Covington was also a standout in the PIT, where the Rockets found Chuck Hayes, Steve Novak, and Carl Landry, not to mention a horde of other Vipers players. Despite his 7'2" wingspan and a terrific rebounding skills, Covington will likely be a strict NBA small forward with his perimeter oriented game, even though he's listed as a Power Forward. His defense will make or break his career, as his lateral quickness is questionable coming off a meniscus injury, and the prospect of sticking in the NBA as a 3 and D wing is much worse without the D part.
James Anderson was a former first round pick by the Spurs and a stand out shooter out of Oklahoma State. Unfortunately, Danny Green took his job and just flat out ran away with it. To be fair, James Anderson is nowhere near the defender Danny Green is, or the knockdown shooter Danny Green has become, but he is a decent shooter with rather deceptive athleticism and is a smart off-ball player. His only problem seems to be consistency and defense. There is a very strong chance that James Anderson will not be a Rocket if Dwight Howard chooses to sign with Houston, but there is also a strong chance that James Anderson will simply pass through the waiver wire and get resigned again. Due to his status as the most experienced veteran that possibly need to showcase his skills for another team, James Anderson will likely get a lot of minutes as a stabilizing force on the court, hustling and telling people where to go. He's still only 24, and maybe he just needs the right situation to get on the court and contribute.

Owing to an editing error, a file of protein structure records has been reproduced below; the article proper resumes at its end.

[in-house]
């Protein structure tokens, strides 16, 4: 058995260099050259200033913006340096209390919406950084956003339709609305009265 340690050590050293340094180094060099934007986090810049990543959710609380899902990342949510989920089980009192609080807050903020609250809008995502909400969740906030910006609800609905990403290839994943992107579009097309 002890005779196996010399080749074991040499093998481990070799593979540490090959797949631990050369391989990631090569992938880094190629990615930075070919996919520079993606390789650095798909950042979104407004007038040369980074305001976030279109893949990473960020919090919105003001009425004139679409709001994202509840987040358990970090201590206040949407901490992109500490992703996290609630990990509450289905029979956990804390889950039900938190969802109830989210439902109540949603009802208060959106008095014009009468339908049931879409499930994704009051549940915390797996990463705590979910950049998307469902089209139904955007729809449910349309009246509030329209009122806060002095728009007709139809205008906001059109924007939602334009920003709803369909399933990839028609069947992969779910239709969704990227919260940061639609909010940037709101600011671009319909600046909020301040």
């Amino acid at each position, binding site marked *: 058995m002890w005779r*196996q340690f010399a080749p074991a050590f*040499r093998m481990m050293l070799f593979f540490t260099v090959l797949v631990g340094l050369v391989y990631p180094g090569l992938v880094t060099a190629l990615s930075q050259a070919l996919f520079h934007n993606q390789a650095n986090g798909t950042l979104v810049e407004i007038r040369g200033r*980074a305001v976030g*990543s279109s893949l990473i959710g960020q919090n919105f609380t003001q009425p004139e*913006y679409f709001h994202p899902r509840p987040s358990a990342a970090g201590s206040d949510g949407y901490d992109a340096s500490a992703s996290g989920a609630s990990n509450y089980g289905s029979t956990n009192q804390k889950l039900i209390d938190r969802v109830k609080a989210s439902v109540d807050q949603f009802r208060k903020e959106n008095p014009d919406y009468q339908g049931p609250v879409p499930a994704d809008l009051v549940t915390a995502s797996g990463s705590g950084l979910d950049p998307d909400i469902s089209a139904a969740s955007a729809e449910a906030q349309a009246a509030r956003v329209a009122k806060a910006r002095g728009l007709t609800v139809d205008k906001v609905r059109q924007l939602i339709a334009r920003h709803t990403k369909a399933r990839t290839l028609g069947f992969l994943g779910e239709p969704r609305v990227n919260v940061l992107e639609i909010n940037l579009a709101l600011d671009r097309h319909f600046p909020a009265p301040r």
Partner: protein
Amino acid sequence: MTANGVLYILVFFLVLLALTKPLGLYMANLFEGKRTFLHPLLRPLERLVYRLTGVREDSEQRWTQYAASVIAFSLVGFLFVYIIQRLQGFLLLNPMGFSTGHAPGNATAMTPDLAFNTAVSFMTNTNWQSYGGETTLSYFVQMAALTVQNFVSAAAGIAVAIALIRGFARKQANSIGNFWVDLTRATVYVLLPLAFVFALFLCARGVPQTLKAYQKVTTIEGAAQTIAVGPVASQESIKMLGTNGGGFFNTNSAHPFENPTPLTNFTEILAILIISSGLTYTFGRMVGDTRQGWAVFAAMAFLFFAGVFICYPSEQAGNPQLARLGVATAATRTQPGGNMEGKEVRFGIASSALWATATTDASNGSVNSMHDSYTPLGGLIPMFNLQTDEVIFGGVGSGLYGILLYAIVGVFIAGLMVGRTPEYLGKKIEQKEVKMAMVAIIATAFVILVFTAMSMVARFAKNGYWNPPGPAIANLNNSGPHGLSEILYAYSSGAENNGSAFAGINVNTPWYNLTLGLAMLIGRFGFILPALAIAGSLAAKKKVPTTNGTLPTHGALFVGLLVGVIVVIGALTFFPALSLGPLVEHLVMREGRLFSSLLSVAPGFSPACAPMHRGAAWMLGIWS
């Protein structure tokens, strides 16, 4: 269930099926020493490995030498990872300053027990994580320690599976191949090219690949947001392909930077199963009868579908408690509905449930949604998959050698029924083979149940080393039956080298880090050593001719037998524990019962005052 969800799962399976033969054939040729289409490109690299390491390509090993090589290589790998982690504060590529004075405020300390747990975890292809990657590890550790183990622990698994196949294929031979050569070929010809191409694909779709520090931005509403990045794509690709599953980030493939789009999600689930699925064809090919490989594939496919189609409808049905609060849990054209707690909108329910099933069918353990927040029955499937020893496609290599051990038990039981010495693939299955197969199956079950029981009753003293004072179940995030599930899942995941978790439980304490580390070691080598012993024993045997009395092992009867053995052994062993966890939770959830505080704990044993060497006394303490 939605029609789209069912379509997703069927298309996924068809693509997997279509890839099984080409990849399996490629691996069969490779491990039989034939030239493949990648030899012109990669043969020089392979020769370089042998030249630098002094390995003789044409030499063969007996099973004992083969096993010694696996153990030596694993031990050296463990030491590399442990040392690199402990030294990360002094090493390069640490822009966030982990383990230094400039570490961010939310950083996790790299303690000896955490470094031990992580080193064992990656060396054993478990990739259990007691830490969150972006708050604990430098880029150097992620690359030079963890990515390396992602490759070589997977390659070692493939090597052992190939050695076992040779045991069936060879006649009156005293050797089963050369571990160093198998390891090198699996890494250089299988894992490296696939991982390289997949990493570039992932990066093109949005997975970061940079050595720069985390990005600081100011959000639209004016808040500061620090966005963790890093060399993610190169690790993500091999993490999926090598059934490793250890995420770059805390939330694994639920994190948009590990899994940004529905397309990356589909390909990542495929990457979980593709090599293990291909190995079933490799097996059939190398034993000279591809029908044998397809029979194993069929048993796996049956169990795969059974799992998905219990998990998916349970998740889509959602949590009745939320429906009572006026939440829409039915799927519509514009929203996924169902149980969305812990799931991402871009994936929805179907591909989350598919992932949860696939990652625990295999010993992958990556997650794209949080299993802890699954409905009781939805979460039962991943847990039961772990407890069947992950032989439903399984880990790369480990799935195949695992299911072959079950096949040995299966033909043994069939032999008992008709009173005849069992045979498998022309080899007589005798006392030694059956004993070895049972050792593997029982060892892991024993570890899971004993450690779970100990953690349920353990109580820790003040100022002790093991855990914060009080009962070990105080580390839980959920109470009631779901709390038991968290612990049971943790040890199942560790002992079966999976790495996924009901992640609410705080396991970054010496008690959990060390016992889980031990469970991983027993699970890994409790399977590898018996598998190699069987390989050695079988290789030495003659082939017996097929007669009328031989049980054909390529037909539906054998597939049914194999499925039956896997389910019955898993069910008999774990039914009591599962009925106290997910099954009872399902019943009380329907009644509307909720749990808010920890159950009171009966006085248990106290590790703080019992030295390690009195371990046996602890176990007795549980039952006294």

Tim Ohlbrecht got a bit of a raw deal last season. He was one of the best big men in the D-League, and, as the Rockets very often do to secure talent for the Vipers' playoff run, they called up a good D-League player, locked him up with a non-guaranteed contract, and sent him back down to dominate. Ohlbrecht was that guy last season. He's in the same boat as James Anderson, but only worse because he has no real NBA experience. He has some decent moves inside and out, works hard for rebounds and blocks, and is generally just a scrappy, hard working center. However, he does not have a skill to hang his hat on, which means he's very likely a 3rd string emergency center at best.